2. A look inside…

In this section we are going to describe every operating system in question. How they deal with syscalls, trapframes etc., all the low-level stuff. We also describe the way they understand common UNIX® primitives like what a PID is, what a thread is, etc. In the third subsection we talk about how UNIX® on UNIX® emulation could be done in general.

2.1. What is UNIX®

UNIX® is an operating system with a long history that has influenced almost every other operating system currently in use. Starting in the 1960s, its development continues to this day (although in different projects). UNIX® development soon forked into two main ways: the BSDs and System III/V families. They mutually influenced themselves by growing a common UNIX® standard. Among the contributions originated in BSD we can name virtual memory, TCP/IP networking, FFS, and many others. The System V branch contributed to SysV interprocess communication primitives, copy-on-write, etc. UNIX® itself does not exist any more but its ideas have been used by many other operating systems world wide thus forming the so called UNIX®-like operating systems. These days the most influential ones are Linux®, Solaris, and possibly (to some extent) FreeBSD. There are in-company UNIX® derivatives (AIX, HP-UX etc.), but these have been more and more migrated to the aforementioned systems. Let us summarize typical UNIX® characteristics.

2.2. Technical details

Every running program constitutes a process that represents a state of the computation. Running process is divided between kernel-space and user-space. Some operations can be done only from kernel space (dealing with hardware etc.), but the process should spend most of its lifetime in the user space. The kernel is where the management of the processes, hardware, and low-level details take place. The kernel provides a standard unified UNIX® API to the user space. The most important ones are covered below.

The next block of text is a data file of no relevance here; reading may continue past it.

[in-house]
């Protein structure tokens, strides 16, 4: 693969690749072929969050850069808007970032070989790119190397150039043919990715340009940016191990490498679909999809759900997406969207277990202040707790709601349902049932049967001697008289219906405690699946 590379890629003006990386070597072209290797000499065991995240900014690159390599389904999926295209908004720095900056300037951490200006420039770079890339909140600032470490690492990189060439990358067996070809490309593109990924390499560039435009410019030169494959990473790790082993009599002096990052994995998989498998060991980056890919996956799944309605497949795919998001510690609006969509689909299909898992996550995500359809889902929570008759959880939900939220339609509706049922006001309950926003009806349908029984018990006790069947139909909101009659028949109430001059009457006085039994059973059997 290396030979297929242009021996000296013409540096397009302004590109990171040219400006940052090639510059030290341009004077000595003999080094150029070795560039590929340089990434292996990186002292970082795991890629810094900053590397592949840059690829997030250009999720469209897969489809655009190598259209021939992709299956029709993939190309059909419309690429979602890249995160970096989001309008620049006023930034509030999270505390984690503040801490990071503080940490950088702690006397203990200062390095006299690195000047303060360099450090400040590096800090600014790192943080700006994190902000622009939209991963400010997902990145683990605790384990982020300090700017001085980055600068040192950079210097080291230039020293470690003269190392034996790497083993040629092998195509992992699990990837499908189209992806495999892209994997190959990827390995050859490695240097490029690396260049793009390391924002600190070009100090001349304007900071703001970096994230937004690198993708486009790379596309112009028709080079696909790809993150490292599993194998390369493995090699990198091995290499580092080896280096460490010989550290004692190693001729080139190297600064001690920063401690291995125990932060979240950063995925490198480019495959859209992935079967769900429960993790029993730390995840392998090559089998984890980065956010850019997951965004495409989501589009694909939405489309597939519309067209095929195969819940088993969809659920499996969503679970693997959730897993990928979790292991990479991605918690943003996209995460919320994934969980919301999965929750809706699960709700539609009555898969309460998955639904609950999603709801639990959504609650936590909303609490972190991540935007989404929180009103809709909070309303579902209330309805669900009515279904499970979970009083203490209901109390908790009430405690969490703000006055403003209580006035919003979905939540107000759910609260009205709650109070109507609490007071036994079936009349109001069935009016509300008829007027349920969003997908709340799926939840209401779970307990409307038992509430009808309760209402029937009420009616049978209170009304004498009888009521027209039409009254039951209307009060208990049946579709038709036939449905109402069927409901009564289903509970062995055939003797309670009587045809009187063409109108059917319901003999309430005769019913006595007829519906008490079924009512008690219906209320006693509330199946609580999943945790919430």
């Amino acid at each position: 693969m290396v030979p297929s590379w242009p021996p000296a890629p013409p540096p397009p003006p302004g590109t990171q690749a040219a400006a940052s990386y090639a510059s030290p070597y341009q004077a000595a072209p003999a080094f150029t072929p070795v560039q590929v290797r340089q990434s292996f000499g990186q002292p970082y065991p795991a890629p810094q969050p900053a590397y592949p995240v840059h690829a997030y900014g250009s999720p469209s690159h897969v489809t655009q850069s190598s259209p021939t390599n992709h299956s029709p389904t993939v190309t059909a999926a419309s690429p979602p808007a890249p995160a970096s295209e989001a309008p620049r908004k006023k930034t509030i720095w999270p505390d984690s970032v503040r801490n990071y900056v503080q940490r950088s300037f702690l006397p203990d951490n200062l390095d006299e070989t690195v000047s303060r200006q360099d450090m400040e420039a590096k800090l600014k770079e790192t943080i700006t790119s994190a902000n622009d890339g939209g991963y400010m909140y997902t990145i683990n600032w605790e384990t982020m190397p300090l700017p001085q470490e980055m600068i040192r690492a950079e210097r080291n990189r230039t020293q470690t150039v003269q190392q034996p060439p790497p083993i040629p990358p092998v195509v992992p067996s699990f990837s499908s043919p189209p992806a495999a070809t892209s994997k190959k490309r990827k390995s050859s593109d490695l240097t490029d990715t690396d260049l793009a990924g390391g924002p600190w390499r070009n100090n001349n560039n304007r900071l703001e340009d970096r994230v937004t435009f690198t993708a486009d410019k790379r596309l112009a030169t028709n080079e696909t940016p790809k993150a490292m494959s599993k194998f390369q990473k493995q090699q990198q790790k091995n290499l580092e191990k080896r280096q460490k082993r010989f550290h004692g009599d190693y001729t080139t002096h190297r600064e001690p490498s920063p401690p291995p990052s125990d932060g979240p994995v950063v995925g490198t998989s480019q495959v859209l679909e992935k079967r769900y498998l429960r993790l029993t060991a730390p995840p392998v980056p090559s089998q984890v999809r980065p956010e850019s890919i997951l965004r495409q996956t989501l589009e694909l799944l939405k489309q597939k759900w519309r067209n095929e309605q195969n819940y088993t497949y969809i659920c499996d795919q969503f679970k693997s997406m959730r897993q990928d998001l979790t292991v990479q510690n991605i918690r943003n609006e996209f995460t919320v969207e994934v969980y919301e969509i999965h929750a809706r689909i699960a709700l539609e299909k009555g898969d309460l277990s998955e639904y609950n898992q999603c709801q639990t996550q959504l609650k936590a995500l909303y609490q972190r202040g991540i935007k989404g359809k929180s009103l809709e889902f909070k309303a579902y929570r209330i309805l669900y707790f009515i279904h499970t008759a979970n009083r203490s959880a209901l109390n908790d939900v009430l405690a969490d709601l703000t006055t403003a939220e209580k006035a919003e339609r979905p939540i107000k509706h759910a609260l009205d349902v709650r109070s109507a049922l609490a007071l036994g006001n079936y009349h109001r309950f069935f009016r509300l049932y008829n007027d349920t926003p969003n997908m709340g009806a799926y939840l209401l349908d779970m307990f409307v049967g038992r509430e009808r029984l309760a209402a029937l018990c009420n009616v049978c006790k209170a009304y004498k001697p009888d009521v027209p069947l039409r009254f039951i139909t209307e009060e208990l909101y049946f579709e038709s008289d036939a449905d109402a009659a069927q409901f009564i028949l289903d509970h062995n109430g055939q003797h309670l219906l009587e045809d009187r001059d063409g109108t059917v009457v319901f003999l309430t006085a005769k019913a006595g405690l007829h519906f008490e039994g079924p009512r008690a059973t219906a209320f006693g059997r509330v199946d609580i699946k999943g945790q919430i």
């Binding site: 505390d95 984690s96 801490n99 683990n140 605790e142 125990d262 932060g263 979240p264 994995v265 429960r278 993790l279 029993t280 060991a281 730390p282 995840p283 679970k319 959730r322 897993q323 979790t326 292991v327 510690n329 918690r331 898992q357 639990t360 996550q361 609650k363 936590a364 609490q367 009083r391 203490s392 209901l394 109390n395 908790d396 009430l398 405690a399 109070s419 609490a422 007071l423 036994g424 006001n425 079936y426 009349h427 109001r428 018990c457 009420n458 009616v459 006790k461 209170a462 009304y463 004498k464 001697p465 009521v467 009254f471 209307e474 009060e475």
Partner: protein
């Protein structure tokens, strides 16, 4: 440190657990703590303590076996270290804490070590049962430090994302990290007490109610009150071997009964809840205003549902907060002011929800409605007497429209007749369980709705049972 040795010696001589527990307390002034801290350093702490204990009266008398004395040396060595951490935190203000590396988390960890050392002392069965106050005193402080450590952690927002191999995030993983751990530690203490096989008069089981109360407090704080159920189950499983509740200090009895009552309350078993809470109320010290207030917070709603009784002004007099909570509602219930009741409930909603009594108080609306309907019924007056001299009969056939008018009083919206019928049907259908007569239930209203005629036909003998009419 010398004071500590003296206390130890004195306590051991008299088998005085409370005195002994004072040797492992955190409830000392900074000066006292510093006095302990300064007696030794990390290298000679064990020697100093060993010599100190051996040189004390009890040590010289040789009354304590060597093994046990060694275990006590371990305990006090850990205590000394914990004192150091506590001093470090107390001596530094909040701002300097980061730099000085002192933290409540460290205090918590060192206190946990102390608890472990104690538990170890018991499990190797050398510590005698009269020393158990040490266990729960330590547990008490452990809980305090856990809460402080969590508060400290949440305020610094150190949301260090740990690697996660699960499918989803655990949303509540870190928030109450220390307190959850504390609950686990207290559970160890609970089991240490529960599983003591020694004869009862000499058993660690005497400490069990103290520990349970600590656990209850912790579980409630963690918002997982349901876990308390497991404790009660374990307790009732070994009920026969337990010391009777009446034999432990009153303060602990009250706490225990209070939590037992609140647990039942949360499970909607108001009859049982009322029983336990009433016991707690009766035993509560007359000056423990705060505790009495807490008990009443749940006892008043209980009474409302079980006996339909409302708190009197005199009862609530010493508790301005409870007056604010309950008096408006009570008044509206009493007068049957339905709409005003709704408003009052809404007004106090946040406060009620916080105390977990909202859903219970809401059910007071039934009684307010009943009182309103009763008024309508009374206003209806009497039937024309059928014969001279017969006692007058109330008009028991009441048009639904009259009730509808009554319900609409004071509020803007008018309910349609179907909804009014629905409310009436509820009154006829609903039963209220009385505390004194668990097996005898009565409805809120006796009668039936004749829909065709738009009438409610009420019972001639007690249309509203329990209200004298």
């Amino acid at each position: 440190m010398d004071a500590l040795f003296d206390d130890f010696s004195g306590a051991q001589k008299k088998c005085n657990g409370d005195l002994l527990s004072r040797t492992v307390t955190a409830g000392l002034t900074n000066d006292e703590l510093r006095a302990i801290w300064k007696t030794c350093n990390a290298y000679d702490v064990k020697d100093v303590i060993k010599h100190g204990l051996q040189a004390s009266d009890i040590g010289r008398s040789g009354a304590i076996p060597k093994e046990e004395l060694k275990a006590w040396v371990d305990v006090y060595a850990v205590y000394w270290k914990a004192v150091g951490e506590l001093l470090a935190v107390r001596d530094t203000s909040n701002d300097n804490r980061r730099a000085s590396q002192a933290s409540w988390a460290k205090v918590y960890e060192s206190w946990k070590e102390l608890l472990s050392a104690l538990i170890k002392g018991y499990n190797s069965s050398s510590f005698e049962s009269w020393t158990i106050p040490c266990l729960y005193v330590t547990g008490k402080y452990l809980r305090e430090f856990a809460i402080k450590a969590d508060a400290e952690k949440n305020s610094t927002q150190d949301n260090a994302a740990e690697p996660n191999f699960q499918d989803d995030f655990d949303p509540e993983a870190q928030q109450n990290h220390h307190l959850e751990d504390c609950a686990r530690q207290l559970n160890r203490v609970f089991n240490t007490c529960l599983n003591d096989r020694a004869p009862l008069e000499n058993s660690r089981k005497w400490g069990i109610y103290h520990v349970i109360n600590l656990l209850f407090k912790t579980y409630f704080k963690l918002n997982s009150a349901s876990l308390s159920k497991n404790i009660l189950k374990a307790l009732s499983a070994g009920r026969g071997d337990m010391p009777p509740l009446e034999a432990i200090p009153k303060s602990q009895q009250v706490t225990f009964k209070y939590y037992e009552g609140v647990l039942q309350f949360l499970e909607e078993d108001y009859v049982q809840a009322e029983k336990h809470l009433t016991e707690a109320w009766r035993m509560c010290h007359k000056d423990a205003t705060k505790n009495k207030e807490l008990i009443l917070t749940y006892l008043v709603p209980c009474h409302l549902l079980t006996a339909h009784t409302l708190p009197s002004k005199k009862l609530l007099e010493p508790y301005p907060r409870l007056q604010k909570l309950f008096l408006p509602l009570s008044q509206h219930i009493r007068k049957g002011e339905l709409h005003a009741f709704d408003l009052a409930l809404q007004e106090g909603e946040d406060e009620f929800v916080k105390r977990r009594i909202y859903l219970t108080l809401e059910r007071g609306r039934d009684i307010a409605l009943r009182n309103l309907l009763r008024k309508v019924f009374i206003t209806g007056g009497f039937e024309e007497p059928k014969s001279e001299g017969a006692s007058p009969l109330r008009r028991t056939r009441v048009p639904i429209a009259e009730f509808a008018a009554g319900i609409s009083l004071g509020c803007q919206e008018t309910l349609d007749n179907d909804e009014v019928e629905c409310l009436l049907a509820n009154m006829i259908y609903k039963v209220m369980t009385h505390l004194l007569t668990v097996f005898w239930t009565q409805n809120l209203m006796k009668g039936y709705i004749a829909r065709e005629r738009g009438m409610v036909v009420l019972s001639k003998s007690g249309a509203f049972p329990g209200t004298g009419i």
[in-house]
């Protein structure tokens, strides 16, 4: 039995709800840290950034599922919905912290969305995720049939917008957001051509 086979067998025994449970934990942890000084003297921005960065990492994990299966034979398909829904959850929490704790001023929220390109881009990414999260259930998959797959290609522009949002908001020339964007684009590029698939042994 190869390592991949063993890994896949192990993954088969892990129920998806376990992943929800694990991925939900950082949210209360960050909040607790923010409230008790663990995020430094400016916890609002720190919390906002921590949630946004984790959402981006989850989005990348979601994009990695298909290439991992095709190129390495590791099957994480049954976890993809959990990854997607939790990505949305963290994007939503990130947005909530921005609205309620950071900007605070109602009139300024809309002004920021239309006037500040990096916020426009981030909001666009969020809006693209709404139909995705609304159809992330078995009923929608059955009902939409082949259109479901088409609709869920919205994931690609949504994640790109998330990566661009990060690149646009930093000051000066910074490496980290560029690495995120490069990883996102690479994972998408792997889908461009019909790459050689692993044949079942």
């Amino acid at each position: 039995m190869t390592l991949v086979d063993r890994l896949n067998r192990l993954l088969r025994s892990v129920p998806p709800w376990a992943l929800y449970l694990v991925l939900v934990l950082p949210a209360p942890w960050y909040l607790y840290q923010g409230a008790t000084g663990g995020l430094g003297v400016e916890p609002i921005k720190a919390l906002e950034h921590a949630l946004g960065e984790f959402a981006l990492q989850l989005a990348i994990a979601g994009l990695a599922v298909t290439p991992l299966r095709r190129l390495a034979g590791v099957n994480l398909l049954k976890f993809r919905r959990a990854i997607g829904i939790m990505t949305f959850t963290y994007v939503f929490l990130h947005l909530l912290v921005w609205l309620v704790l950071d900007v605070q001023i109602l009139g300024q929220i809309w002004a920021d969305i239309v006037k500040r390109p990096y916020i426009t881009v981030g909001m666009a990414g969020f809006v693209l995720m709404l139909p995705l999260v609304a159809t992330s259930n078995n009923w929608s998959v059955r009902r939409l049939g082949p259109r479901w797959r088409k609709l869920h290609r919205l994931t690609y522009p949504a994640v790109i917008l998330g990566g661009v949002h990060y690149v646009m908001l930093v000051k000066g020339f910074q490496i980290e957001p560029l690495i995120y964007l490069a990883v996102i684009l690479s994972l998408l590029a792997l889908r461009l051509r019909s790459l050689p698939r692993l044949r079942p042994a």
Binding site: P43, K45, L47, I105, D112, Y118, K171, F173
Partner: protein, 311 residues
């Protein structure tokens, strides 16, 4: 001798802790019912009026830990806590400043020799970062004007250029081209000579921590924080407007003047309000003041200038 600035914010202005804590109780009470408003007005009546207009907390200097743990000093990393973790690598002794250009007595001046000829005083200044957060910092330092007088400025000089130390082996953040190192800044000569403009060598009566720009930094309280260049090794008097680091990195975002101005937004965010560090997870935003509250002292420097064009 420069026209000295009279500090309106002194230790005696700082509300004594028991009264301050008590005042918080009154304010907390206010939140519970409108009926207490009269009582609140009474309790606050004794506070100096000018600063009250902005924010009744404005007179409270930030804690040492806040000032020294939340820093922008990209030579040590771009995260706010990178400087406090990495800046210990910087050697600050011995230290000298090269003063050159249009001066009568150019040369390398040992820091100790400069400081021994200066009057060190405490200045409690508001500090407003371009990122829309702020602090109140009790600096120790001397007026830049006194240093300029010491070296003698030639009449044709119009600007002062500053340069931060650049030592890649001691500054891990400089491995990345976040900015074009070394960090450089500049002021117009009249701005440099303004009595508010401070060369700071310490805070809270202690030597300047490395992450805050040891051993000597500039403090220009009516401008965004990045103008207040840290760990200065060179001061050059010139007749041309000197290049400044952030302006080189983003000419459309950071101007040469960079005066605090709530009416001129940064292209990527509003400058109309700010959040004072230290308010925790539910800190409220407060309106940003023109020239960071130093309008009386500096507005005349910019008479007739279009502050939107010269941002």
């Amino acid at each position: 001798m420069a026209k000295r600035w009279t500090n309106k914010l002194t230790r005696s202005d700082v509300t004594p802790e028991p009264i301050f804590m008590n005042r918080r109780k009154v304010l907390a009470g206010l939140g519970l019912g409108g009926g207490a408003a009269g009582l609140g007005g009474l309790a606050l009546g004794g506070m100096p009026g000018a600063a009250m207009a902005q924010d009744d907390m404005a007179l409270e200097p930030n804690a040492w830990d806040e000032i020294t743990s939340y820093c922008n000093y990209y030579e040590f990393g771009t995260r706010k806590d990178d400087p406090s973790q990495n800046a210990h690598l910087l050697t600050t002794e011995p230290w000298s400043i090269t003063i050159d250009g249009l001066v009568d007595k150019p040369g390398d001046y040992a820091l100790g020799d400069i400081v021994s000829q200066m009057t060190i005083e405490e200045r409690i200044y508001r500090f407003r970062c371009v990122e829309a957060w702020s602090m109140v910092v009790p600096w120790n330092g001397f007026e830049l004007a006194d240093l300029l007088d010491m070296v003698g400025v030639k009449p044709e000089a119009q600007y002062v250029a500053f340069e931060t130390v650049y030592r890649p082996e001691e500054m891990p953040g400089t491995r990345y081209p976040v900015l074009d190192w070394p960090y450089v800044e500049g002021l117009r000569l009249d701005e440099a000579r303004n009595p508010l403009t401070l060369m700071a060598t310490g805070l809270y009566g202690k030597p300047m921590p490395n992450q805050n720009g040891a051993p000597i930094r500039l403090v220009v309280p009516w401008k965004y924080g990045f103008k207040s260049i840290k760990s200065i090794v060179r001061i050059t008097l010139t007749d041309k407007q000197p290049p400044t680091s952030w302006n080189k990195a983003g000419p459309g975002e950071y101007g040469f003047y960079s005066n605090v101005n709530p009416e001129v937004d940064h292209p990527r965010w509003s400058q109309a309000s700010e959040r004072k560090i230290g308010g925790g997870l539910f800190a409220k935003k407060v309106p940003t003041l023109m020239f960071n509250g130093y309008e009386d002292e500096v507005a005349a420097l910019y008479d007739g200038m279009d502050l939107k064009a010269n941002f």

2.2.1. Communication between kernel and user space process

Common UNIX® API defines a syscall as a way to issue commands from a user space process to the kernel. The most common implementation is either by using an interrupt or specialized instruction (think of SYSENTER/SYSCALL instructions for ia32). Syscalls are defined by a number. For example in FreeBSD, the syscall number 85 is the swapon(2) syscall and the syscall number 132 is mkfifo(2). Some syscalls need parameters, which are passed from the user-space to the kernel-space in various ways (implementation dependant). Syscalls are synchronous.

Another possible way to communicate is by using a trap. Traps occur asynchronously after some event occurs (division by zero, page fault etc.). A trap can be transparent for a process (page fault) or can result in a reaction like sending a signal (division by zero).

2.2.2. Communication between processes

There are other APIs (System V IPC, shared memory etc.) but the single most important API is signal. Signals are sent by processes or by the kernel and received by processes. Some signals can be ignored or handled by a user supplied routine, some result in a predefined action that cannot be altered or ignored.

2.2.3. Process management

Kernel instances are processed first in the system (so called init). Every running process can create its identical copy using the fork(2) syscall. Some slightly modified versions of this syscall were introduced but the basic semantic is the same. Every running process can morph into some other process using the exec(3) syscall. Some modifications of this syscall were introduced but all serve the same basic purpose. Processes end their lives by calling the exit(2) syscall. Every process is identified by a unique number called PID. Every process has a defined parent (identified by its PID).

2.2.4. Thread management

Traditional UNIX® does not define any API nor implementation for threading, while POSIX® defines its threading API but the implementation is undefined. Traditionally there were two ways of implementing threads. Handling them as separate processes (1:1 threading) or envelope the whole thread group in one process and managing the threading in userspace (1:N threading). Comparing main features of each approach:

1:1 threading

  • - heavyweight threads